Trailhead logistics for this route require some planning. The shuttle buses from the Village do not serve either of the trailheads, and there is limited parking near New Hance trailhead (and no parking immediately adjacent to it). Since we hiked with friends, we were able to shuttle between the starting and ending points. I looked into alternatives in the event our friends weren't going to be able to make it, and short of hitchhiking or walking the 5.5 miles between starting and ending points, I didn't find any viable alternatives.
Mileage: 20.2 mi. (including 2 mi. r/t to Cave of the Domes)
Elevation: New Hance trailhead 6,982'; Hance Rapids 2,560'; Horseshoe Mesa 4,900'; Grandview trailhead 7,400'.
Camp locations: Hance Rapids, Horseshoe Mesa
Miscellaneous Details and Recommendations
- Secure your permits about 5 months in advance. Start by reading the excellent info on the park's backcountry trails and camping page. One of the nice things about the Grand Canyon backcountry permit system (as opposed to the less nice aspects such as, say, faxing your request in and not knowing if it was received) is that your permit is issued by camping location for up to 6 people, not by number of hikers. A regular (non-group) permit covers up to 6 people. We have successfully added friends to our permit after first securing the permit. Of course it's not always possible to plan months ahead of time. If you find yourself in this position, don't be discouraged. If you have a bit of flexibility in terms of starting date and maybe route, you can try for a walk-up permit at the backcountry office.
- Getting to the trailhead. The park operates multiple shuttles serving several South Rim routes. The shuttles will get you to all trailheads described above except for New Hance and Grandview. Rides are free; time tables change depending on the month. Overnight parking is available at the Backcounty Information Center.
- Camping or lodging before the hike. We've done it both ways. We have camped at Mather Campground prior to starting our hike but now prefer to stay at Yavapai Lodge instead (it's usually the most reasonably-priced hotel in the area). There are two reasons for this. First, we start our hikes in Grand Canyon as early as possible, often waking up at 4 or 4:30am. Camping the night before means packing our backpacks the morning of the hike takes longer. Second, depending on the weather a night at the rim in April can be well below freezing, and we're more likely to get a good night's sleep if we're not shivering.
- Weather. That brings us to weather. Spring and fall in Grand Canyon can bring almost any weather -- hot and sunny or cold and wet. In addition to that range of possibilities, there is huge variability between weather at the rim and on the Canyon floor. The temperature when you start your hike before sunrise at the rim you might be in the 30s. On a hot day in April, mid-day temps at Phantom Ranch can be in the 90s. Check the forecast prior to your hike and pack accordingly.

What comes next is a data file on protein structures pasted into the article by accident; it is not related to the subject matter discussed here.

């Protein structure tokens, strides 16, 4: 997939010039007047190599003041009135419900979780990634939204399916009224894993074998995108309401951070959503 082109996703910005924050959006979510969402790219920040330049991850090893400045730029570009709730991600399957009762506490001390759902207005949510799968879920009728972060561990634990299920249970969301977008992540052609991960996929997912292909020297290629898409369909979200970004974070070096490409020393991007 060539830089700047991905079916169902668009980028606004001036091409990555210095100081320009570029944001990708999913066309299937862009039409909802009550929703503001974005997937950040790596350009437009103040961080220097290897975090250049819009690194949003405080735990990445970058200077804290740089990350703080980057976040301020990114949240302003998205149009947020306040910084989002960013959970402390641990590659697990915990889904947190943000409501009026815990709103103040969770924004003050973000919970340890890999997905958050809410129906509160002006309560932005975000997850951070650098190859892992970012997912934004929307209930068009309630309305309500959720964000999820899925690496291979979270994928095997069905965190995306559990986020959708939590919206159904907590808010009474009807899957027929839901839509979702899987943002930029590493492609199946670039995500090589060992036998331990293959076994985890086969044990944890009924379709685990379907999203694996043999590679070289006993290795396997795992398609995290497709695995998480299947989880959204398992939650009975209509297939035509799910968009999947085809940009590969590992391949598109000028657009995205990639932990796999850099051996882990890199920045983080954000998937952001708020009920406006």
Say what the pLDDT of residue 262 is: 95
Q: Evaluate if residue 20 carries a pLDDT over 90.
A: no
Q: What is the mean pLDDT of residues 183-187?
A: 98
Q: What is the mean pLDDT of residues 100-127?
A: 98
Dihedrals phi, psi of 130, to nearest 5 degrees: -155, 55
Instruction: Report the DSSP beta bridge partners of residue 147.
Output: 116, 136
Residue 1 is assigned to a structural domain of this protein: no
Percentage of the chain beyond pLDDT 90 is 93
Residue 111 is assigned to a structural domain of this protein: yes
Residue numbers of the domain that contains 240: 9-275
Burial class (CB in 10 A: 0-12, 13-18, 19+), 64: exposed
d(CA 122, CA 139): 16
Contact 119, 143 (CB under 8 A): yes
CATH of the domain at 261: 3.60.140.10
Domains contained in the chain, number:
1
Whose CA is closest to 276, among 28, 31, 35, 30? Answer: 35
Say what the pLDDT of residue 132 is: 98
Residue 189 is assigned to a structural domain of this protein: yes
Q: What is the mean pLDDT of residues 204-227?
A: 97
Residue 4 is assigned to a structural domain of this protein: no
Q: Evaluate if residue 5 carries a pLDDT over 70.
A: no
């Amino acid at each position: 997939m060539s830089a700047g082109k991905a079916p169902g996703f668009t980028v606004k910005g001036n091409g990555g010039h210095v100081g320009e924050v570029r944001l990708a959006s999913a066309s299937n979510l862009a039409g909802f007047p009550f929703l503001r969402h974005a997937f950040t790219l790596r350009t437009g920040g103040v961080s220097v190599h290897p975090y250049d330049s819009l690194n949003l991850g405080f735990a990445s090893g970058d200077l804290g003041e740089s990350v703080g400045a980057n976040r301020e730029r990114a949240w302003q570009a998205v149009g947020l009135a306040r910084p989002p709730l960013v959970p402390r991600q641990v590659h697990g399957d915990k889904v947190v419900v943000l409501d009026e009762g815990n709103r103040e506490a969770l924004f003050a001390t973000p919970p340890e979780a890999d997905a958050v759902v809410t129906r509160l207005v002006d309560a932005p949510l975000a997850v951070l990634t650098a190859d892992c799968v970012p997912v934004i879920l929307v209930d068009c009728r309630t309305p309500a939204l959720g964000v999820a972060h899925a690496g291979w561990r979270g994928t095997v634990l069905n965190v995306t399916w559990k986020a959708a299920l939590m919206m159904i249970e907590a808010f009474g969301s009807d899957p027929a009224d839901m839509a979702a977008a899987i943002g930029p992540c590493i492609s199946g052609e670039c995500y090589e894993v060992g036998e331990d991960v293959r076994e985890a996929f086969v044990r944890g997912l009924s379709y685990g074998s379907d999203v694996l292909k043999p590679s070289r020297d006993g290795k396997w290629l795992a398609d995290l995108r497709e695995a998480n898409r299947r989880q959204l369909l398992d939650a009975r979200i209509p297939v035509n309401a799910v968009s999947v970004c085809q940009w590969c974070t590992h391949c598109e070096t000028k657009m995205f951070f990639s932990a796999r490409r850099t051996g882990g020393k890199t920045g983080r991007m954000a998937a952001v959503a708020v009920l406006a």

- Know your limits. Park officials like to remind people that going down is optional but going up is mandatory. The Canyon is a stunning place to visit because its jagged and varied topography makes it a true wonder. That topography that makes it splendid is physically challenging to travel and can be difficult to navigate depending on many factors -- your skill and experience; your physical condition (which means not only how fit you are but whether you happened to injure yourself while hiking); the often-times unpredictable weather; how well hydrated you are; and many more variables. Park officials can issue warnings until the cows come home, but ultimately you must know your limits and know when you are being humbled by nature. Hike your own hike and don't go so far beyond your limits that you will endanger yourself. And yet it happens to Grand Canyon hikers every year. So please plan carefully and don't overdo it. Even a modest itinerary is comparatively grand in this land -- there is no need to start big. I don't want anyone reading this to end up in the next edition of Over the Edge: Death in Grand Canyon.
- Celebration meals before and/or after the hike. A lovely way to celebrate being in this wonder of the world is to have dinner at the historic El Tovar Dining Room. We like to go the night before a beginning our hike. Reservations are available up to 30 days in advance. If you finish your hike in time for lunch, pizza and beer at the Maswik Lodge food court always hits the spot.
- You can pre-order a meal in advance at Phantom Ranch. Or you can just enjoy a convivial time at the Phantom Ranch canteen without it. The canteen is closed to commoners without reservations during dining hours.